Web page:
The Bight Management District Board on Thursday agreed 3-1 to welcome an overnight 88-passenger cruise ship that sails from Marco Island twice a week, despite competitors' questions about whether the city's port has enough room for another boat.
City commissioners will have the final say over any contract with Key West Great Escape, a 177-foot-long vessel with 40 cabins that a Marco Island man says will pump plenty of tourism dollars into Key West since the cruise serves no meals.
The cruise line has pledged to be flexible with scheduling so as not to disrupt the docking of the existing ferry and the Yankee Freedom III at the bight, said Port Director Doug Bradshaw.
"It will not affect existing tenants," Bradshaw said Thursday. "They'll be able to come and go exactly as today."
Bradshaw called the cruise ship proposal a good revenue source for the city.
Jeff McDonald, the cruise company president, told the board that the vessel is in Rhode Island awaiting purchase and a complete renovation, including fresh engines.
"The engines will be good for 30,000 hours, probably 10 years," McDonald said. "I'm trying to make this operational by November to catch a good winter crowd. I've got to go up and get the engines remanned, bring it down from Rhode Island and get it in here."
Harry Bowman was the lone dissenter on the dais Thursday at Old City Hall, saying there were too many unanswered questions about how the addition of an overnight cruise ship would affect the ferry terminal's clients, including the Key West Express.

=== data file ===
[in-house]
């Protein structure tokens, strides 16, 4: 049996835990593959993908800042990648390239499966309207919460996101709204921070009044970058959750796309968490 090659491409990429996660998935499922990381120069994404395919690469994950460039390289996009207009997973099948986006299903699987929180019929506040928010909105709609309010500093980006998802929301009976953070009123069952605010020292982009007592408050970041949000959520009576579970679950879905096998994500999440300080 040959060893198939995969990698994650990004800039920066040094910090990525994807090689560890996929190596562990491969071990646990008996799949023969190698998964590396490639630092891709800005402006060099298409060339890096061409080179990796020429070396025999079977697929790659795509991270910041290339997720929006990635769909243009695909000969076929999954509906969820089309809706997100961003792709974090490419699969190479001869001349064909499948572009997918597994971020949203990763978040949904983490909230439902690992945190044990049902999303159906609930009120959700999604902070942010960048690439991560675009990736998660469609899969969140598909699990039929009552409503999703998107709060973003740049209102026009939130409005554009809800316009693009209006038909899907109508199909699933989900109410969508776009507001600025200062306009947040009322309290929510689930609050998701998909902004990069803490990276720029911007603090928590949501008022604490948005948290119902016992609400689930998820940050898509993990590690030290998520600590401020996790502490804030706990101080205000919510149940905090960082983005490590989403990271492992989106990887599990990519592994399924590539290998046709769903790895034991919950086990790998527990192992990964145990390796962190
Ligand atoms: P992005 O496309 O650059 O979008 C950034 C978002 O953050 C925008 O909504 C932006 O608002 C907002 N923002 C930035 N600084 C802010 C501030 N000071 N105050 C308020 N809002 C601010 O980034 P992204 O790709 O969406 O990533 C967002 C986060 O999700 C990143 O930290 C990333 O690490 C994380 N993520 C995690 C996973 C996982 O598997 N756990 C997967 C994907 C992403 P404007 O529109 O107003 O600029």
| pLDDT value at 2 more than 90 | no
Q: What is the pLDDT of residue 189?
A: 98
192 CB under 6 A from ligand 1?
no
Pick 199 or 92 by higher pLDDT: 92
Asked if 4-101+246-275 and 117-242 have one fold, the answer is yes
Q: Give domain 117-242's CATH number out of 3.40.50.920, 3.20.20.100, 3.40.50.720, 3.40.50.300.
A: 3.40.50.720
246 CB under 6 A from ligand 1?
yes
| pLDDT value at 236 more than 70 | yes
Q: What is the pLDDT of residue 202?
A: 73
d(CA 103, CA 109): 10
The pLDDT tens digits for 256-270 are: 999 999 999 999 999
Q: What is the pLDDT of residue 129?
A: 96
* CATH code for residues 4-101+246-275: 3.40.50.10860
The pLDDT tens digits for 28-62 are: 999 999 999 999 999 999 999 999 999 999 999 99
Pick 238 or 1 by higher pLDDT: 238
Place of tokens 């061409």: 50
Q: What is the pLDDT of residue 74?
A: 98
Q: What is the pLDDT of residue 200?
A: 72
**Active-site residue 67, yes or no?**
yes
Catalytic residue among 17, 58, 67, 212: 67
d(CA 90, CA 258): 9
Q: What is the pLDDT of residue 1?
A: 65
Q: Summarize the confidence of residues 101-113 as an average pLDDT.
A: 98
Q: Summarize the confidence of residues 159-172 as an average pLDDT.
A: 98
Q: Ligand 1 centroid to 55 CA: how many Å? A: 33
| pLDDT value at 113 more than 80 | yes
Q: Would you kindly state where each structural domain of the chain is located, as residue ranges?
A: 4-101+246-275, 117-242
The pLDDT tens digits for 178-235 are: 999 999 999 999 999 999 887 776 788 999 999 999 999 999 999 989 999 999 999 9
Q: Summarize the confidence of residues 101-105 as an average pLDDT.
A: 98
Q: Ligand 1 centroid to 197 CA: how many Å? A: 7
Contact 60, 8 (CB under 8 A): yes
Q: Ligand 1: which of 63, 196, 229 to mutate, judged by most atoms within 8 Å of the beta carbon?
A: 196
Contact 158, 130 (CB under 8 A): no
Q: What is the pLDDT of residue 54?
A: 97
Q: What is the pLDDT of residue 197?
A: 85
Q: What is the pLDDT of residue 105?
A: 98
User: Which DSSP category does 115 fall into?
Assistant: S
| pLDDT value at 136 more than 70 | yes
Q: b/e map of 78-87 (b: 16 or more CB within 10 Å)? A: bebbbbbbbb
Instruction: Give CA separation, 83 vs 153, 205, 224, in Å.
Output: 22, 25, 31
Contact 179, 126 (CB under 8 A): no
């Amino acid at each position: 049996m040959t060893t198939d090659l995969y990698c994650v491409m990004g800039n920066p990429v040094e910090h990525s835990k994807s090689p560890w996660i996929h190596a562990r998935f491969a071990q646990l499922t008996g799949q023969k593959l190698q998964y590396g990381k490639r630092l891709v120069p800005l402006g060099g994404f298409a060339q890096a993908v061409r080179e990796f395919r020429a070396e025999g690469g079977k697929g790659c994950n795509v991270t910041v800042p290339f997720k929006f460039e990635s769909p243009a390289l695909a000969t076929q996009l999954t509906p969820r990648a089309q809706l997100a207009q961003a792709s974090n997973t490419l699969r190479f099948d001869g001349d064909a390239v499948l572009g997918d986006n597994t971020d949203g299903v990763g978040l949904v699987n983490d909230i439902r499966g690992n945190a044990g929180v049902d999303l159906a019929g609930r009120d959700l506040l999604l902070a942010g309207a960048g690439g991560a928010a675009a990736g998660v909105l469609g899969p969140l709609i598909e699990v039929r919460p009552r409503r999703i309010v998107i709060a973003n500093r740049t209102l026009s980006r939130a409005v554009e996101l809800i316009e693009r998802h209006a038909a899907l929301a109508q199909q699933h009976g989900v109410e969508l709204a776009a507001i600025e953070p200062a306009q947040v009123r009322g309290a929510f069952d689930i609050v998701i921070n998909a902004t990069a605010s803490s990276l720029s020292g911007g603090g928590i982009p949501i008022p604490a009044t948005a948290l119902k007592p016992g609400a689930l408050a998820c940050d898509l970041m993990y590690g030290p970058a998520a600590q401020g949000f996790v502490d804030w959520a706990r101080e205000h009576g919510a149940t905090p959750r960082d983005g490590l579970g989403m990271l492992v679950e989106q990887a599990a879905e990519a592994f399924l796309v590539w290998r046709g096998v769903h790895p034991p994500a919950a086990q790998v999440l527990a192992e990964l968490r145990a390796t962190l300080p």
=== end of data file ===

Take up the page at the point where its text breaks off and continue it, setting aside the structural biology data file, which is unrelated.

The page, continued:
"I don't think the Bight's ready for it," Bowman said. "I don't think we can truly accommodate it until you get more dock space and these issues resolved."
Also, Bowman questioned the wisdom of granting the cruise line a 5- to 10-year lease, as the company has requested.
Before the vote, attorney Ginny Stones told the panel her clients, the Express ferry that shuttles travelers daily from Key West to Marco Island and Fort Myers during the winter season, have "serious concerns" about the small cruise ship proposal.
But the rest of the board members present -- Steve Henson, Jimmy Lane and Dan Probert -- voted in favor of the proposal.
McDonald sweetened his original June 30 offer by raising the passenger disembarkation fee from $5 to $15 per head, and added an offer to pay half of any upgrades to the port's electric power.
The cruise company says it will pay for all utilities used and add 25 cents per gallon to all fuel purchased from the city.
"What's being proposed is essentially a floating hotel at Key West Bight," Stones said. "It would be a three-day, two-night stay with lodging accommodations."
Stones questioned whether the city's ordinances and land-use rules even allow such a thing, and warned that approving the overnight cruise could "open a lot of doors," such as the arrival of R.V. parks or a Greyhound bus parking overnight.
The city's laws allow for the Marco Island cruise, Assistant City Attorney Larry Erskine said, quoting City Planner Don Craig.
The Key West Great Escape cruise, however, won't exist until commissioners approve it.
"You don't buy a ship unless you've got a place for it to go," McDonald said. "We will not purchase the boat until Key West gives us approval."